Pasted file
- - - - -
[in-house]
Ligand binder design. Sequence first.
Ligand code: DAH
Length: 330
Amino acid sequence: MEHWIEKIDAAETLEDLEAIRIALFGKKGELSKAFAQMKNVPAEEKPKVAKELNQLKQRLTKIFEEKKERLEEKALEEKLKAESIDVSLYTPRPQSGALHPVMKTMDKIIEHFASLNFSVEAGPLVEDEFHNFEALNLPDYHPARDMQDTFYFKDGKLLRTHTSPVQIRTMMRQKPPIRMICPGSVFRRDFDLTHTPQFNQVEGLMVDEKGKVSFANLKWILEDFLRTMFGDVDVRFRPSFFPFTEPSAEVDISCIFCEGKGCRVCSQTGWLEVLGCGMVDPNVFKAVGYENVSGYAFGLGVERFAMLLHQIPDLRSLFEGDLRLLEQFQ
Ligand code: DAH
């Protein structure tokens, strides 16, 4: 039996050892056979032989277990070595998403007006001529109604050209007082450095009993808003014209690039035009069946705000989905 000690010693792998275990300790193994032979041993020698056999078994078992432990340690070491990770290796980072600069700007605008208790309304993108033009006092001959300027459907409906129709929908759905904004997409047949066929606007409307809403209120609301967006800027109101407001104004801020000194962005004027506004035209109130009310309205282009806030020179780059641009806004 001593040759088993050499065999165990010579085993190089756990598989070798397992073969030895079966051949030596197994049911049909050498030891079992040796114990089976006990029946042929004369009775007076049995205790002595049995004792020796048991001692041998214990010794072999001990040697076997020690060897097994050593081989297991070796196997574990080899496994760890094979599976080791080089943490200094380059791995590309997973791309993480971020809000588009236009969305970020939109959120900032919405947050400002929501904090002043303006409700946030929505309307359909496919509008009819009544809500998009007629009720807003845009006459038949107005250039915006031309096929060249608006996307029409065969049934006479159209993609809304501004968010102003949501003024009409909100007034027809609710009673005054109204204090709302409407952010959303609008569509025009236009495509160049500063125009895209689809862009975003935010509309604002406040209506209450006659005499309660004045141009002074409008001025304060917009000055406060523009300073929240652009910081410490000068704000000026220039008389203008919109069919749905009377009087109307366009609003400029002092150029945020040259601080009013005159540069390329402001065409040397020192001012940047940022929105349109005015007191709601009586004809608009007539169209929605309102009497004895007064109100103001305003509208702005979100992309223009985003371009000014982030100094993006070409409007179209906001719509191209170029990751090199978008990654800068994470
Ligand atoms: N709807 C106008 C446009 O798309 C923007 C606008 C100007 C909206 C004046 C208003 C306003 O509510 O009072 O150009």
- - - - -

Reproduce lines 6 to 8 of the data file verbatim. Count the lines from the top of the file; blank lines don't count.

Ligand code: DAH
């Protein structure tokens, strides 16, 4: 039996050892056979032989277990070595998403007006001529109604050209007082450095009993808003014209690039035009069946705000989905 000690010693792998275990300790193994032979041993020698056999078994078992432990340690070491990770290796980072600069700007605008208790309304993108033009006092001959300027459907409906129709929908759905904004997409047949066929606007409307809403209120609301967006800027109101407001104004801020000194962005004027506004035209109130009310309205282009806030020179780059641009806004 001593040759088993050499065999165990010579085993190089756990598989070798397992073969030895079966051949030596197994049911049909050498030891079992040796114990089976006990029946042929004369009775007076049995205790002595049995004792020796048991001692041998214990010794072999001990040697076997020690060897097994050593081989297991070796196997574990080899496994760890094979599976080791080089943490200094380059791995590309997973791309993480971020809000588009236009969305970020939109959120900032919405947050400002929501904090002043303006409700946030929505309307359909496919509008009819009544809500998009007629009720807003845009006459038949107005250039915006031309096929060249608006996307029409065969049934006479159209993609809304501004968010102003949501003024009409909100007034027809609710009673005054109204204090709302409407952010959303609008569509025009236009495509160049500063125009895209689809862009975003935010509309604002406040209506209450006659005499309660004045141009002074409008001025304060917009000055406060523009300073929240652009910081410490000068704000000026220039008389203008919109069919749905009377009087109307366009609003400029002092150029945020040259601080009013005159540069390329402001065409040397020192001012940047940022929105349109005015007191709601009586004809608009007539169209929605309102009497004895007064109100103001305003509208702005979100992309223009985003371009000014982030100094993006070409409007179209906001719509191209170029990751090199978008990654800068994470
Ligand atoms: N709807 C106008 C446009 O798309 C923007 C606008 C100007 C909206 C004046 C208003 C306003 O509510 O009072 O150009």